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August 15, 2008



Hmm. The happiness question is more interesting. (It also relates quite closely to what Jane McGonigal was saying at GDC, I think, about wanting to use games to change the world).

I'm not sure there's a game out there that would track what appears to be one of the most important criteria for happiness - accurately being able to set goals that correspond with end states that a) are feasible and b) would make you happier. How would one design that, I wonder?

Other predictors for happiness - several commentators (notably Jonathan Haidt in "Happiness Hypothesis") have pointed out that humans seem to have a more-or-less fixed "happiness set point", which they will tend to return to regardless of circumstances. Again, I'm not sure there's a game which would accurately measure that set point. Oddly, you'd have to simply measure current happiness levels over a period of time in order to get an accurate reading. No idea how to build that into a game, though.

Enrique Saul Gonzalez

The "goal conditions" for happiness vary wildly from person to person. For some it is raising a healthy family. For others it is cultivating solid friendships. For yet others it is a rewarding professional career. And of course many more examples exist.
Since all these goals require completely different skills, it is impossible to have a game that "points the way" to universal happiness. At least not if we can't agree on a set of conditions that grant happiness to everyone.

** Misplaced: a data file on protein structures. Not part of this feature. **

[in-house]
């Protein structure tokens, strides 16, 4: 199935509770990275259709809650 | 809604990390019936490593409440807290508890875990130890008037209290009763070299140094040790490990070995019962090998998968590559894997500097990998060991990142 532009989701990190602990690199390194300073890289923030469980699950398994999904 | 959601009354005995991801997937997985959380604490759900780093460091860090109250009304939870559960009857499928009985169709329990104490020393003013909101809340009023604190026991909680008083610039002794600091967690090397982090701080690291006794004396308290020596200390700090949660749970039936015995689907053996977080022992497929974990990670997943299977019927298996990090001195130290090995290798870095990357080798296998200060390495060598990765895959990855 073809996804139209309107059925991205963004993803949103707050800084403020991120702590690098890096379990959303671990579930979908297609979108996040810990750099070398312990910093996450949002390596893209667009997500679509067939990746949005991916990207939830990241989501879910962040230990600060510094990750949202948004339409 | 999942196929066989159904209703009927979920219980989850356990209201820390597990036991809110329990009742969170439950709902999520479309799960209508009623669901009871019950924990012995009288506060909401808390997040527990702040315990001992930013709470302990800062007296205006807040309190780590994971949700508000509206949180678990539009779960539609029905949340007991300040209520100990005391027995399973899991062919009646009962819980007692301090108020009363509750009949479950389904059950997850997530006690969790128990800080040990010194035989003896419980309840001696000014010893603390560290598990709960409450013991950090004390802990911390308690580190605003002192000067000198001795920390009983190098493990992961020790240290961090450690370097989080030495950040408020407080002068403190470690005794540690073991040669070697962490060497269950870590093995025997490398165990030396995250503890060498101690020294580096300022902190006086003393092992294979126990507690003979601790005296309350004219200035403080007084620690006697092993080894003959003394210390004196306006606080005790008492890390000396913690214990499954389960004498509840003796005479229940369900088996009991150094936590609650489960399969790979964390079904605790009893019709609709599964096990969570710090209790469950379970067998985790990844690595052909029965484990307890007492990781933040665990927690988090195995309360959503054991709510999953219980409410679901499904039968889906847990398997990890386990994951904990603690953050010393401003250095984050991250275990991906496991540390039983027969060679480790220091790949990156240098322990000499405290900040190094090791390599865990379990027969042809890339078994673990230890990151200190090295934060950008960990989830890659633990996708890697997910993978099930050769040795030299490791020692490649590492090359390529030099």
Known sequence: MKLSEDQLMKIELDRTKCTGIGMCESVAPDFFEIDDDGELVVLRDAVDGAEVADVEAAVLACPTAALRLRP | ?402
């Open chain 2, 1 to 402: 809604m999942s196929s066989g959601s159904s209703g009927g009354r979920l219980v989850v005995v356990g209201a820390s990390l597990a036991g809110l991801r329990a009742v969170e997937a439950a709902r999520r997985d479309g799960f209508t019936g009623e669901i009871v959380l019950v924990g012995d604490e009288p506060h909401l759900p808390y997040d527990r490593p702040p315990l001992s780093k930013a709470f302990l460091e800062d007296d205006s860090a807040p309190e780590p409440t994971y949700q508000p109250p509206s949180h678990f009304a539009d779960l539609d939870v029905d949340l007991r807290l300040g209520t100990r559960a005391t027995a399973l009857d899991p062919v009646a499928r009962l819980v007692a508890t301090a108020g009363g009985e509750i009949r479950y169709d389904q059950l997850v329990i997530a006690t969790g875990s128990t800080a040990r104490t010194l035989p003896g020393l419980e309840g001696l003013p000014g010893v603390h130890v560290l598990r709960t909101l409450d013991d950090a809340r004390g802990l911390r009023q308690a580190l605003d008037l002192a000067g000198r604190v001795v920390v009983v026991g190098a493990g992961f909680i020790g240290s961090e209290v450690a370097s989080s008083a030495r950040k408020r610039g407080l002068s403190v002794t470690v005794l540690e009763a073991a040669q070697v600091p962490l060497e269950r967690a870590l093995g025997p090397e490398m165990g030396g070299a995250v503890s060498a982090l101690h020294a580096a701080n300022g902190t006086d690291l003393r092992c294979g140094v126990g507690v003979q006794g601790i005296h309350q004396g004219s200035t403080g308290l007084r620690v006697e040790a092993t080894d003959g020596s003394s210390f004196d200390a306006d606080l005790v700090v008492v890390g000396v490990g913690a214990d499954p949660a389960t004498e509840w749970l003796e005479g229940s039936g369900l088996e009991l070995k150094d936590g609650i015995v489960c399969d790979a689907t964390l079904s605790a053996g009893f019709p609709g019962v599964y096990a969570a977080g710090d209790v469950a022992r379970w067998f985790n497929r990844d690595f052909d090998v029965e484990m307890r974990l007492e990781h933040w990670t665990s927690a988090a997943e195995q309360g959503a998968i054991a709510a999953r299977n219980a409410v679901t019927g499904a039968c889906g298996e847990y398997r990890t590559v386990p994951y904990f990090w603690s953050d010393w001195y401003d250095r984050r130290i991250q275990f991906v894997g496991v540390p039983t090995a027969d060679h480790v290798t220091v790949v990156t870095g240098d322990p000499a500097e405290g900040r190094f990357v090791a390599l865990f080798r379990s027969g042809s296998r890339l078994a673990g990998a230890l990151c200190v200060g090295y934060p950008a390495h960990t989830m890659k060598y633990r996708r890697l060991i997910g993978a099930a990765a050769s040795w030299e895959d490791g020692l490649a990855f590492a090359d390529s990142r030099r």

While trying to prove that good at chess = bad at life, IMHO, you would prove the opposite.

I think that because good at chess = good at IQ = successful

It can be statistically proven combining chess games results with IQ tests results and with the income (there are some studies saying that IQ is well correlated with income, but you seem to like better the ones with the opposite result).

To answer your questions, we could map the results of any game with the income (success) to see which game is best to predict success at life.

IMO, IQ tests are already little games giving quickly the answer to success at life (admitedly with a large error percentage).

If you can provide an empirical definition of happiness, we could also determine if intelligence (or success at chess for instance) is well suited for happiness.

Best regards.


Life is a non-deterministic finite state machine. I don't know of any games that are like that.

That's kind of the inverse of what you asked for, but it's also an interesting turn, I think.

Also, CDriK, you're trying to apply statistics to the problem, and I think that's cheating in a thought experiment. :)


I'd probably not put any MMO that I can think of offhand on that first list. Real life is a delicate balance with one side being an equal playing field for all, and the other a complex mix of class and social hierarchy. So, I got no clue how that one would work.

And I wouldn't be so quick to say 'high IQ' == success. I've often heard it tossed around that smart people are more likely to face depression and even commit suicide, though I definitely don't have any numbers to back that up off hand. (I suppose I could check The Wiki...)